Report from the front on the ever-changing landscape of retail payment habits.
Bricks and mortar retailers, long aware of how their customers have been using their smartphones in stores, are turning the tables and bringing more of their stores into our phones.
In the first of a new series, Digiday looks at how Sephora, Sears, Walmart, Target, Ikea, Home Depot and others “are fighting back against the Amazons of the world.”
The article quotes a study conducted by Xtreme Labs that found 58 percent of smartphone owners use them for store-related shopping, and are 14 percent are more likely to decide to purchase in-store than non-smartphone users.
Brian Monahan, Vice President of Marketing at Walmart, sees digital as another way to grab customers’ attention, adding, “A good digital in-store experience has many of the same attributes of any good retail experience — it is personalized, helps you quickly navigate, and saves you money.”
Walmart is currently testing their “Scan & Go” digital product, which uses location-based optimization to help shoppers make their way around any Walmart store they may step into, and then allows customers to use their smartphones to self-checkout.
Sears’ mobile app, SHOPSears, enhances shopping at stores with features such as e-coupons, mobile checkout and texting one’s parking spot so purchases may be brought to the car. In 2012, SHOPSears processed over 1.5 million transactions totaling more than $550 million in in-store sales according to Imran Jooma, Executive Vice President for Marketing, Online and Financial Services at Sears. “Customers have changed the way they shop,” says Jooma. “As retailers, we must change the way we sell.”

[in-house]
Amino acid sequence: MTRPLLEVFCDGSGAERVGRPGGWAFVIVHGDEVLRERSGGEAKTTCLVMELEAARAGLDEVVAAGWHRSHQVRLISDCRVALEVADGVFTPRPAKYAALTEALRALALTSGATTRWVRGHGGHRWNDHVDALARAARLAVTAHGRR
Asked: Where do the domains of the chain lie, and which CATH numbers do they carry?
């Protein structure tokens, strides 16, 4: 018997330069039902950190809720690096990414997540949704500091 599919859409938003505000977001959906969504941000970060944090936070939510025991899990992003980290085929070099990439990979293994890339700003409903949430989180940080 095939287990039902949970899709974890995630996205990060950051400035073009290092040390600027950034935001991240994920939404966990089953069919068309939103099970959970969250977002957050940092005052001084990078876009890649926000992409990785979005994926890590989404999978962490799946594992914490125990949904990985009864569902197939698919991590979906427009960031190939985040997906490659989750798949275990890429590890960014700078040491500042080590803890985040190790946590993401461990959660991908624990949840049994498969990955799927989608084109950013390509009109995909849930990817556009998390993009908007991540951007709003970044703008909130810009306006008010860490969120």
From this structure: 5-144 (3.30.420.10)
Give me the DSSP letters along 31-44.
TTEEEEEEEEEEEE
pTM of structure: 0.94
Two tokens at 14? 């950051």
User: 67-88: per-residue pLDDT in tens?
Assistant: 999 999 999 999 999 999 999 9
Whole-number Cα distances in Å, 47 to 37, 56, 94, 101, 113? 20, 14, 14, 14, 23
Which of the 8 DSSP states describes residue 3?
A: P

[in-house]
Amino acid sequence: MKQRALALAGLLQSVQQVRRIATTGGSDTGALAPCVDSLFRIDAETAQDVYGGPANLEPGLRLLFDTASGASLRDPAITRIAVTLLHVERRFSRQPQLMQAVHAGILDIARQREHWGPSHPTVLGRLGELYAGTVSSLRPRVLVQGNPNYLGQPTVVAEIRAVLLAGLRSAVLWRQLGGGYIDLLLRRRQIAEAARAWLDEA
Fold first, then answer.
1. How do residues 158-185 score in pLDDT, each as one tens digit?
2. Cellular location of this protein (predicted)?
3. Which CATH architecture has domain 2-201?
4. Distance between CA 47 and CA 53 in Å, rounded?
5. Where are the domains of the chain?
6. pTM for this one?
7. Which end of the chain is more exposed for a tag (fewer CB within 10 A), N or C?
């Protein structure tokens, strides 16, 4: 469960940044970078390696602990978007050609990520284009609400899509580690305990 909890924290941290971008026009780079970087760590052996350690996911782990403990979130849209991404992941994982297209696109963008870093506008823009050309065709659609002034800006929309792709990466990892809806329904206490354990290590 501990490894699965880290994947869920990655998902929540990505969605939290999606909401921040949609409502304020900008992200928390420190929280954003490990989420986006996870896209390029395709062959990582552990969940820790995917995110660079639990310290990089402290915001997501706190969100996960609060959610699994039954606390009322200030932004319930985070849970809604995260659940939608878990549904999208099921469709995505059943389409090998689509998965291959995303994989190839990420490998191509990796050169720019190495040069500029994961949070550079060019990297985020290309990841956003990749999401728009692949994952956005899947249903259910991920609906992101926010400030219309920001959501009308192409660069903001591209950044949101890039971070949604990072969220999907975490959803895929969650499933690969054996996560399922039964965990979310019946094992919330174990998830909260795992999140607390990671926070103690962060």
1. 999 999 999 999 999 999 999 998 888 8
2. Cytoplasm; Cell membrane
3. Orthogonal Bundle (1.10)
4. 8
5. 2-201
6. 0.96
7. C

Other typical features of in-store apps include shopping history, location-specific deals, inventory checks and product reviews via scanned barcodes.
“The most successful digital in-store experiences are often the simplest ones, like in-store digital signage or digital experiences that get the customers to actually touch products,” according to John Jones, Senior Vice President at R/GA.
Jones cautions, however, that launching apps just to have them is a mistake. “Some retailers that shouldn’t be doing self-checkout are doing self-checkout. A big mistake is not thinking about the products and where the customers fit in to the digital experience.”
For small businesses, it probably doesn’t make sense to develop mobile web applications. However, a robust POS system can help provide consumers a customized experience, which may include faster and more accurate order processing, promotions tracking, and maintaining customer histories and preferences to streamline shopping and provide optimal service.
Additional benefits of the right POS system for small businesses include the ability to detect inventory “shrink,” process and track markdowns and promotions, maintain consistent prices among locations, maintain control when away from the store(s) and increase workforce efficiency.
A flexible, robust POS system from Sintel can connect with the e-commerce component of an online store, process orders and track inventory. Can your current POS system answer the call? If not, call Sintel Systems today.
Read the full Digiday post here.
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